During a meeting in the Oval Office with President Donald Trump, Gilead Chief Executive Daniel O’Day called the move an important first step and said the company was donating 1 million vials of the drug to help patients.
In this file photo one vial of the drug Remdesivir is viewed during a press conference about the start of a study with the Ebola drug Remdesivir in particularly severely ill patients at the University Hospital Eppendorf (UKE) in Hamburg, northern Germany on April 8, 2020, amidst the new coronavirus Covid-19 pandemic.
In this file photo one vial of the drug Remdesivir is viewed during a press conference about the start of a study with the Ebola drug Remdesivir in particularly severely ill patients at the University Hospital Eppendorf (UKE) in Hamburg, northern Germany on April 8, 2020, amidst the new coronavirus Covid-19 pandemic. (AFP)
The experimental drug remdesivir has been authorized by US regulators for emergency use against Covid-19, President Donald Trump announced Friday.

It comes after the antiviral made by Gilead Sciences was shown in a major clinical trial to shorten the time to recovery in some coronavirus patients, the first time any medicine has had a proven benefit against the disease.

“It is really a really promising situation,” Trump said at the White House, where he was joined by Gilead’s CEO Daniel O’Day.

“We are humbled with this first step for hospitalized patients,” said O’Day, adding: “We want to make sure nothing gets in the way of these patients getting the medicine.”

The company has previously announced it was donating some 1.5 million doses for free.

This amounts to about 140,000 treatment courses based on a 10-day treatment duration.

Remdesivir, which is administered by an injection, was already available to some patients who enrolled in clinical trials, or who sought it out on a “compassionate use” basis.

The new move allows it to be distributed far more widely and used in both adults and children who are hospitalized with a severe form of Covid-19.

The Food and Drug Administration, which authorized the approval, defines severe as having low blood oxygen levels, requiring oxygen therapy, or being on a ventilator.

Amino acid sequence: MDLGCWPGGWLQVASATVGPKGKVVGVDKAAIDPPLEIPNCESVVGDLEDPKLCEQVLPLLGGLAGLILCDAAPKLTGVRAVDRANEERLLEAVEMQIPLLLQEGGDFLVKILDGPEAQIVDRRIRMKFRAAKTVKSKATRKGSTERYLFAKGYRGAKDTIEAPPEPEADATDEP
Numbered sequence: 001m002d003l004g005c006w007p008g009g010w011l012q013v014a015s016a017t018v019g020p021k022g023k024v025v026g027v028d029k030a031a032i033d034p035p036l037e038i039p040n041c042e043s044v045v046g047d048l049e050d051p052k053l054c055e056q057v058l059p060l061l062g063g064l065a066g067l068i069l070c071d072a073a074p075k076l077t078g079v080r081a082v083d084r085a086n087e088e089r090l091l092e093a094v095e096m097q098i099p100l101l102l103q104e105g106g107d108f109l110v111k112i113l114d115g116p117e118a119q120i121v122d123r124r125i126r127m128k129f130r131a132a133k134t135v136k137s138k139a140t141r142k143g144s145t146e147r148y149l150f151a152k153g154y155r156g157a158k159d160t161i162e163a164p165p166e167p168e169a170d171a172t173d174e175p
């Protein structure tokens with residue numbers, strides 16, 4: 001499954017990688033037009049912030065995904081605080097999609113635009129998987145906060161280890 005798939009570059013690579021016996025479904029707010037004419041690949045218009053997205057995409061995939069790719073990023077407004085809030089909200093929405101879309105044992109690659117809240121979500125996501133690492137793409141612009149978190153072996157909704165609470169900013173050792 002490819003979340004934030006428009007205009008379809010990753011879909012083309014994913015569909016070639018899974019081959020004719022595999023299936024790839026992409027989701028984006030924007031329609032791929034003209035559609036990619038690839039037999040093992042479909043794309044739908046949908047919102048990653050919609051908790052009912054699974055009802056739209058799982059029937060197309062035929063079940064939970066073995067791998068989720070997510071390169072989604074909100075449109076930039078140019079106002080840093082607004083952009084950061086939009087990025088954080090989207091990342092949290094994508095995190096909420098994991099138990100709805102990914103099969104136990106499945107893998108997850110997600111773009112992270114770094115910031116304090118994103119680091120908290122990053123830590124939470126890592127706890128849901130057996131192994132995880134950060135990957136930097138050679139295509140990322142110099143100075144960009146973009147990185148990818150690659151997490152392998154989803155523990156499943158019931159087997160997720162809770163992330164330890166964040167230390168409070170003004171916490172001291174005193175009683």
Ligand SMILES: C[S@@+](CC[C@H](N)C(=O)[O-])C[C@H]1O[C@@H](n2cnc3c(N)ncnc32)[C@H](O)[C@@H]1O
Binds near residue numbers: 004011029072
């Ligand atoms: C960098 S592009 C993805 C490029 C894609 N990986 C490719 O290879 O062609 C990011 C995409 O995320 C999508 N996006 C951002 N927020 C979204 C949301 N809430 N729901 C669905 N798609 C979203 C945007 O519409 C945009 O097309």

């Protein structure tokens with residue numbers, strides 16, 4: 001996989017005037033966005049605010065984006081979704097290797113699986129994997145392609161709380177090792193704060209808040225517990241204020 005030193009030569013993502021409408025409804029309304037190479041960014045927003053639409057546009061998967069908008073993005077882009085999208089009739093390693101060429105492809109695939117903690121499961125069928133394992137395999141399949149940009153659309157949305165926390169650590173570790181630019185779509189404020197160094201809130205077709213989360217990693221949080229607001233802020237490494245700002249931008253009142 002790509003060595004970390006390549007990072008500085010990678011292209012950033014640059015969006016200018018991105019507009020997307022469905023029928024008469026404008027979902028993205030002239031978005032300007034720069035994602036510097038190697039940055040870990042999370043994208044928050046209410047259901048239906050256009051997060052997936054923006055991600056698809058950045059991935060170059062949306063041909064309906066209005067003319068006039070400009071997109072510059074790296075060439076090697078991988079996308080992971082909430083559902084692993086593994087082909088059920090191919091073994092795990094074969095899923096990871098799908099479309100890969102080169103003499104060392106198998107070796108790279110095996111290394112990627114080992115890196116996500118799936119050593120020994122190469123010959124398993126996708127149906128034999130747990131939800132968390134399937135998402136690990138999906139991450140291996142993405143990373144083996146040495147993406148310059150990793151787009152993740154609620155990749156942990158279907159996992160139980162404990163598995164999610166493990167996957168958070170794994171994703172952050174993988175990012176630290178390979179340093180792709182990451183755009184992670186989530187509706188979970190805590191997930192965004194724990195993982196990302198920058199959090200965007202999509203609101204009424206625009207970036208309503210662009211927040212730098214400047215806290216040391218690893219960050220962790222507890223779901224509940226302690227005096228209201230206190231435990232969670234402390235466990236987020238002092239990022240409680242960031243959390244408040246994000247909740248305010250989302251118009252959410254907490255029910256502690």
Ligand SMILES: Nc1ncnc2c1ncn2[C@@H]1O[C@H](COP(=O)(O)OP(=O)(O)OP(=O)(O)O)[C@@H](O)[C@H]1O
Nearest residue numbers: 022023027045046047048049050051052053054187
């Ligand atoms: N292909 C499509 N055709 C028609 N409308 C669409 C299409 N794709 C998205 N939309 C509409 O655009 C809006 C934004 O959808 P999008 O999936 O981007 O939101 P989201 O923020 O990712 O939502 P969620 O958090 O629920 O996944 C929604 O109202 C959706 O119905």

‘Proof of concept’

The US National Institute of Allergy and Infectious Diseases (NIAID) announced the results of a trial involving more than 1,000 people on Wednesday.

It found that hospitalised Covid-19 patients with respiratory distress got better quicker than those on a placebo.

Specifically, patients on the drug had a 31 percent faster time to recovery.

“Although the results were clearly positive from a statistically significant standpoint, they were modest,” Anthony Fauci, the scientist who leads the NIAID told NBC News on Thursday.

While not considered a miracle cure, remdesivir’s trial achieved a “proof of concept,” according to Fauci that could pave the way for better treatments.

Remdesivir incorporates itself into the virus’s genome, short circuiting its replication process.

It was first developed to treat Ebola, a viral hemorrhagic fever, but did not boost survival rates as other medicines.

The Food and Drug Administration FDA) has signed on the emergency use of Gilead Sciences Inc’s remdesivir drug for treating severe cases of COVID-19.

The drug, according to studies reduced the time it took patients to recover from the coronavirus infection. US President Donald Trump, on May 1, said that the FDA has granted Emergence Use Authorisation (EUA) for the investigational antiviral remdesivir.

Follow our LIVE Updates on the coronavirus pandemic here

The announcement was made at the Oval Office by Trump alongside Gilead CEO Daniel O’Day.

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“This EUA opens the way for us to provide emergency use of remdesivir to more patients with severe symptoms of COVID-19,” said Daniel O’Day, Chairman and Chief Executive Officer of Gilead Sciences.

Also Read | Exclusive: Gilead says open to collaborate with govts, drug firms to make Remdesivir globally available

“We will continue to work with partners across the globe to increase our supply of remdesivir while advancing our ongoing clinical trials to supplement our understanding of the drug’s profile. We are working to meet the needs of patients, their families and healthcare workers around the world with the greatest sense of urgency and responsibility.”


What can be better for the soul than logging the first cuckoo of spring?

Rob Penn

The arrival of the first cuckoo from Africa is an important moment in the turning year. Photograph: Bebedi/Alamy Stock Photo/Alamy Stock Photo
Iheard the first cuckoo on Wednesday evening. I was outside the back door splitting logs when the song floated down from the copse on Bryn Arw, the hill behind our house in the Black Mountains. Cuckoos have been coming to the same copse for as long as we have lived here and I have always written down the date of their arrival from Africa. It is an important moment in the turning year, as the lyrics to the traditional medieval round attest: “Sumer is icumen in/ Lhude sing cuccu.”

My recordings of cuckoos have always been haphazard, though. Some years, because the weather is dreadful or I am working hard and chained to a desk, I fail to get outside. I might first hear the male’s distinctive song, which gives the bird its onomatopoeic name, days after his actual arrival.